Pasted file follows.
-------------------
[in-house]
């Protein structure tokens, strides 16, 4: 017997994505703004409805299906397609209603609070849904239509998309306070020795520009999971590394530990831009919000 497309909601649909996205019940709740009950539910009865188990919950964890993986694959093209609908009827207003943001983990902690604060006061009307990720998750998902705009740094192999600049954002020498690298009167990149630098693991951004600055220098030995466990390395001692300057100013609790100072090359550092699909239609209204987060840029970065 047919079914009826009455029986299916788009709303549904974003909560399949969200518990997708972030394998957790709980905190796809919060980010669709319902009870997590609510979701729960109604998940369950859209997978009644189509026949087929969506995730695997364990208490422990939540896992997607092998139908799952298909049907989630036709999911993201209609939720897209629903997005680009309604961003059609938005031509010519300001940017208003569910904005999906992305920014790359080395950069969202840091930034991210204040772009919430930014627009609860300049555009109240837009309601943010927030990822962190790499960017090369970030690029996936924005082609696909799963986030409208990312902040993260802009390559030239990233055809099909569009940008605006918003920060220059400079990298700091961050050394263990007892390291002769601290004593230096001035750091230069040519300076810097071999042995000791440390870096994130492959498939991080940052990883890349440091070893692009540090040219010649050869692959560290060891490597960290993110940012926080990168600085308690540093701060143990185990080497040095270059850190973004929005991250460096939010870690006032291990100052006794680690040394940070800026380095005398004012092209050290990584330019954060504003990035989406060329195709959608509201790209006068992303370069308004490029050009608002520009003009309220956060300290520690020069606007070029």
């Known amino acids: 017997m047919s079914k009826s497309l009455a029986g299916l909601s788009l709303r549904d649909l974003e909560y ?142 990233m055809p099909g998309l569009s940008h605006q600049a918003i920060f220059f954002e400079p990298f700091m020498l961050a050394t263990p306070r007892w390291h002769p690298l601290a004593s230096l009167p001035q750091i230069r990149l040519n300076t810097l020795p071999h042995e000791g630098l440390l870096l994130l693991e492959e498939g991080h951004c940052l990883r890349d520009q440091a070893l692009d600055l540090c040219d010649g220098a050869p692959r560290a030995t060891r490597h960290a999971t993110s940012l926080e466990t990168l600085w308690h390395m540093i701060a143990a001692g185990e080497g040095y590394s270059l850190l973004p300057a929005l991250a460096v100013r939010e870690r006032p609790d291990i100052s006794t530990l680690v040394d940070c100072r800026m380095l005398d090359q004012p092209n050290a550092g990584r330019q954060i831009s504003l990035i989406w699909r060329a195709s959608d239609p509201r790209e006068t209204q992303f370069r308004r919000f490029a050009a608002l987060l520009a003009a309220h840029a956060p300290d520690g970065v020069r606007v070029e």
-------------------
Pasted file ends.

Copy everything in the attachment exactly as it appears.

[in-house]
């Protein structure tokens, strides 16, 4: 017997994505703004409805299906397609209603609070849904239509998309306070020795520009999971590394530990831009919000 497309909601649909996205019940709740009950539910009865188990919950964890993986694959093209609908009827207003943001983990902690604060006061009307990720998750998902705009740094192999600049954002020498690298009167990149630098693991951004600055220098030995466990390395001692300057100013609790100072090359550092699909239609209204987060840029970065 047919079914009826009455029986299916788009709303549904974003909560399949969200518990997708972030394998957790709980905190796809919060980010669709319902009870997590609510979701729960109604998940369950859209997978009644189509026949087929969506995730695997364990208490422990939540896992997607092998139908799952298909049907989630036709999911993201209609939720897209629903997005680009309604961003059609938005031509010519300001940017208003569910904005999906992305920014790359080395950069969202840091930034991210204040772009919430930014627009609860300049555009109240837009309601943010927030990822962190790499960017090369970030690029996936924005082609696909799963986030409208990312902040993260802009390559030239990233055809099909569009940008605006918003920060220059400079990298700091961050050394263990007892390291002769601290004593230096001035750091230069040519300076810097071999042995000791440390870096994130492959498939991080940052990883890349440091070893692009540090040219010649050869692959560290060891490597960290993110940012926080990168600085308690540093701060143990185990080497040095270059850190973004929005991250460096939010870690006032291990100052006794680690040394940070800026380095005398004012092209050290990584330019954060504003990035989406060329195709959608509201790209006068992303370069308004490029050009608002520009003009309220956060300290520690020069606007070029």
């Known amino acids: 017997m047919s079914k009826s497309l009455a029986g299916l909601s788009l709303r549904d649909l974003e909560y ?142 990233m055809p099909g998309l569009s940008h605006q600049a918003i920060f220059f954002e400079p990298f700091m020498l961050a050394t263990p306070r007892w390291h002769p690298l601290a004593s230096l009167p001035q750091i230069r990149l040519n300076t810097l020795p071999h042995e000791g630098l440390l870096l994130l693991e492959e498939g991080h951004c940052l990883r890349d520009q440091a070893l692009d600055l540090c040219d010649g220098a050869p692959r560290a030995t060891r490597h960290a999971t993110s940012l926080e466990t990168l600085w308690h390395m540093i701060a143990a001692g185990e080497g040095y590394s270059l850190l973004p300057a929005l991250a460096v100013r939010e870690r006032p609790d291990i100052s006794t530990l680690v040394d940070c100072r800026m380095l005398d090359q004012p092209n050290a550092g990584r330019q954060i831009s504003l990035i989406w699909r060329a195709s959608d239609p509201r790209e006068t209204q992303f370069r308004r919000f490029a050009a608002l987060l520009a003009a309220h840029a956060p300290d520690g970065v020069r606007v070029e």